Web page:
Now in its fourth decade of production, the Mazda MX-5 Miata seems to have a unique recipe that makes it unbeatable in the sports car segment. It all revolves around minimalism and an analog driving experience, but what if the Japanese carmaker tried to throw a coupe into the mix? We’ve brought along a pixel work that explores this avenue under the MX-5 Miata Hot Hatch banner.
A hot hatchback, a coupe, a shooting brake—we need not get lost in labels here, which is why we made room for two of them in the title. The idea is that this 3D creation takes the current fourth-generation (ND) Mazda Miata and gifts it with a fixed roof and a hatch.
As always, digital artist Sugarchow (aka sugardesign_1) delivers a mature take, with the seamless integration of the new styling cues perfectly resembling a production car. Would it work, though?
Mazda has built an MX-5 Coupe in the past, but only briefly
Ever since the 1989 introduction of the MX-5, there’s never been a body style that disappointed buyers. Mazda has flirted with the idea of a coupe in the past. It all started with the NA-gen M Coupe Concept of 1996, while the NB generation even got a production model, albeit with just 179 units of the Japan-only 2003 MX-5 Coupe being built.
Back in 2006, the NC-generation Miata got a Power Retractable Hard Top version. And it would be another decade before the company introduced the ND MX-5 Miata RF (Retractable Fastback), essentially the Targa version of the current car. However, Mazda has stopped short of building a fixed-roof version of its compact sports car on a large scale.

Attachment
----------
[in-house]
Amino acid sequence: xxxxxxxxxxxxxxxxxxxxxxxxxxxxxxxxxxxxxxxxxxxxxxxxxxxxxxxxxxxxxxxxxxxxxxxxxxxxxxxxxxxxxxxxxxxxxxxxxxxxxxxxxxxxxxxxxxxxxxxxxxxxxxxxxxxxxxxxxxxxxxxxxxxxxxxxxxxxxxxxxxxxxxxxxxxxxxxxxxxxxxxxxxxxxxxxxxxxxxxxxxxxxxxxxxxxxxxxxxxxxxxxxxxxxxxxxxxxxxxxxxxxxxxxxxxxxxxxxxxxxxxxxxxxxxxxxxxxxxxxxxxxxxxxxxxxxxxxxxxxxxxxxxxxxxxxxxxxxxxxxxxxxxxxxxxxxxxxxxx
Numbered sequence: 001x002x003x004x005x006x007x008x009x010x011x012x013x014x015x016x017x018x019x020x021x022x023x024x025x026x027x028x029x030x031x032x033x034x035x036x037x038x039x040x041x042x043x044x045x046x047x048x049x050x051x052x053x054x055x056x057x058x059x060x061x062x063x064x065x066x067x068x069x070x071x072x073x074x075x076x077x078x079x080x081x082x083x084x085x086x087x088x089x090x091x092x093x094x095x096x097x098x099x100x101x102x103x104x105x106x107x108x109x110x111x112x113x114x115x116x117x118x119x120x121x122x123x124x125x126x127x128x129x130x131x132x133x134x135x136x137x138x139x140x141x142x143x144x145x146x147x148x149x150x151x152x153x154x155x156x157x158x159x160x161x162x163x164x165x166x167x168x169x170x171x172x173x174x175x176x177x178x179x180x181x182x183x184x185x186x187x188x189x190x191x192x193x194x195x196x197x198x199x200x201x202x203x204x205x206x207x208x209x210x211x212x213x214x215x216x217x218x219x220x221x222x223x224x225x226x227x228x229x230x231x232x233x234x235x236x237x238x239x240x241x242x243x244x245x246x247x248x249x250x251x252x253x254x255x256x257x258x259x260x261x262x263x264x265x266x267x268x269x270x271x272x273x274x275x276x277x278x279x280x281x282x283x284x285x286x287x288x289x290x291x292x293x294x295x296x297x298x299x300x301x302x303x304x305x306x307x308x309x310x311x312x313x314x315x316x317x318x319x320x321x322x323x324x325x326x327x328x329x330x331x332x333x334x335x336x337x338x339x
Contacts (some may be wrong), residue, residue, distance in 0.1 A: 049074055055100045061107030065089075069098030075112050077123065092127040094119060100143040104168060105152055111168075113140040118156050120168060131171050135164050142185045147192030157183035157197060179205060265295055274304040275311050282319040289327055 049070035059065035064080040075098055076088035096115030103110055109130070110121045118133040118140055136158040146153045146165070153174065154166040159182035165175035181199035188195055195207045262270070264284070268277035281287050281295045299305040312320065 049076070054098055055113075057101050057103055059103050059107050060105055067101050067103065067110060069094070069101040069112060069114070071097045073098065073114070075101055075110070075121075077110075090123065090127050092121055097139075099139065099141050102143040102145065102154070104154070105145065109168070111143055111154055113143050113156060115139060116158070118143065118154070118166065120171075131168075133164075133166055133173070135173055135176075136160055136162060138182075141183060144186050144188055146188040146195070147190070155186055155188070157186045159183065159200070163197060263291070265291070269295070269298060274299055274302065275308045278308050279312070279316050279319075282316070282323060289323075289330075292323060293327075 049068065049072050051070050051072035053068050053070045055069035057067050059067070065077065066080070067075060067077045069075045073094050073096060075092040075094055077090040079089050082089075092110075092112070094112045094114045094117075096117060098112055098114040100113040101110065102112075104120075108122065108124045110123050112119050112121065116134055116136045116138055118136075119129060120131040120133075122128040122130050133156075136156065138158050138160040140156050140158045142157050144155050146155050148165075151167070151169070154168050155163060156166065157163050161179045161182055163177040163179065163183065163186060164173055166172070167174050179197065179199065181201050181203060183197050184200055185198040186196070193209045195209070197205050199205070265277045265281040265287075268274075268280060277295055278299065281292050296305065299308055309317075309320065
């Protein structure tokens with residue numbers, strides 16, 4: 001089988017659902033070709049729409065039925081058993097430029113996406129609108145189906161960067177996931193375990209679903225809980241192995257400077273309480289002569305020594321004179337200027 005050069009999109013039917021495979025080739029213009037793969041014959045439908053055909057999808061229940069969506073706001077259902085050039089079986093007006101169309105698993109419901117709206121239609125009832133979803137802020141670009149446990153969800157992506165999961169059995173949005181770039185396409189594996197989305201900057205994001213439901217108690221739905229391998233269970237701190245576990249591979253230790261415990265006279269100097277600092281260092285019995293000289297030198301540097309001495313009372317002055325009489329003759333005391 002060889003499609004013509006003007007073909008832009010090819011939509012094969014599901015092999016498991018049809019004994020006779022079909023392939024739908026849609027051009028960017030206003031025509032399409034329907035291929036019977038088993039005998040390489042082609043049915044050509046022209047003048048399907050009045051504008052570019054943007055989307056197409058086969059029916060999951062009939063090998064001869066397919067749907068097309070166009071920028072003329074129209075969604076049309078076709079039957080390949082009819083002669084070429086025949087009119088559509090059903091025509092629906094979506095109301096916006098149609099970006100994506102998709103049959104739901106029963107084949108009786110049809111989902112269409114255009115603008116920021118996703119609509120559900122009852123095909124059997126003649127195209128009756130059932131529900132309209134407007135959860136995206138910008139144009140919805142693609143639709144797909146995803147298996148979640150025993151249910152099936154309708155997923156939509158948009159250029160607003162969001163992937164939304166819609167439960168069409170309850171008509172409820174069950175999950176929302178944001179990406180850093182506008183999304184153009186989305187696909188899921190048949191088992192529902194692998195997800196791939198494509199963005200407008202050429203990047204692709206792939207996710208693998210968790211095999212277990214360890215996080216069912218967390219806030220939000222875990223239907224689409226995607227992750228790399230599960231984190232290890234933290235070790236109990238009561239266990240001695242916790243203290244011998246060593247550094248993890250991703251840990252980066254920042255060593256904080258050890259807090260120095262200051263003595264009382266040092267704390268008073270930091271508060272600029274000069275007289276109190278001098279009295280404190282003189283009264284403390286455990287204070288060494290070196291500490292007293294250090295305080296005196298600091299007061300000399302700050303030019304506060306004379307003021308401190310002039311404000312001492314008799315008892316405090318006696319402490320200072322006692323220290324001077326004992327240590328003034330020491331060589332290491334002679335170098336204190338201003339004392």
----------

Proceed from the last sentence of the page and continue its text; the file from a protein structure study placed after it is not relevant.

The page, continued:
The competition for such a Miata derivative is there, though. Now, enthusiasts took to the comments section of the Instagram post below to suggest that the MX-5 Miata Hot Hatch, as the artist labeled it, would serve as a budget-friendly alternative to the now-retired FF and GTC4Lusso shooting brakes Ferrari used to prepare the world for the upcoming Purosangue crossover.
We had a good time reading that, but out there in the real world even thinking of the also-departed BMW Z3 (M) Coupe (aka The Clownshoe) is a bit of a stretch, since that kind of Bavarian machine isn’t coming back.
Mazda MX-5 Miata Coupe vs Toyota GR86 and Subaru BRZ
Instead, the Toyota GR86 and Subaru BRZ, now in their second generation, would serve as the main rivals of the Mazda (not this GR86 “Land Cruiser” that Sugarchow envisioned, though). The Toyobaru duo and the Miata are already rivals (just check their MSRPs and you’ll notice they start at about $27,000), but the overlap is just partial.
However, the Mazda is lighter, only seats two and, of course, comes with an open top. Meanwhile, the GR86 and BRZ are less scale-friendly, pack a meatier punch and come in 2+2 coupe form.
Given that sports cars aren’t great sellers in general, we don’t see Mazda adding a hot hatch/shooting brake/coupe derivative to the MX-5 Miata range, even though this would be a breath of fresh air for a model that’s been in production since 2015.
Instead, the carmaker is expected to stick to the open-air mix that has ensured a top position for the affordable sports car since its introduction. Hey, even Porsche tried to one-up the Miata with the Boxster, but ended up with an upmarket offering that arguably caters to a different audience.
Honda S2000? It grew into an icon, but it hardly gave the MX-5 a hard time and it’s been off the market for over a decade—this CGI work talks about an electric revival for the S2K. Speaking of which, while Porsche is almost ready to introduce its first production battery-powered sports car, Honda is also expected to pursue this path. As for Mazda, the automaker has already confirmed that the next iteration of the MX-5 Miata will be electrified, albeit without mentioning the extent of the battery power.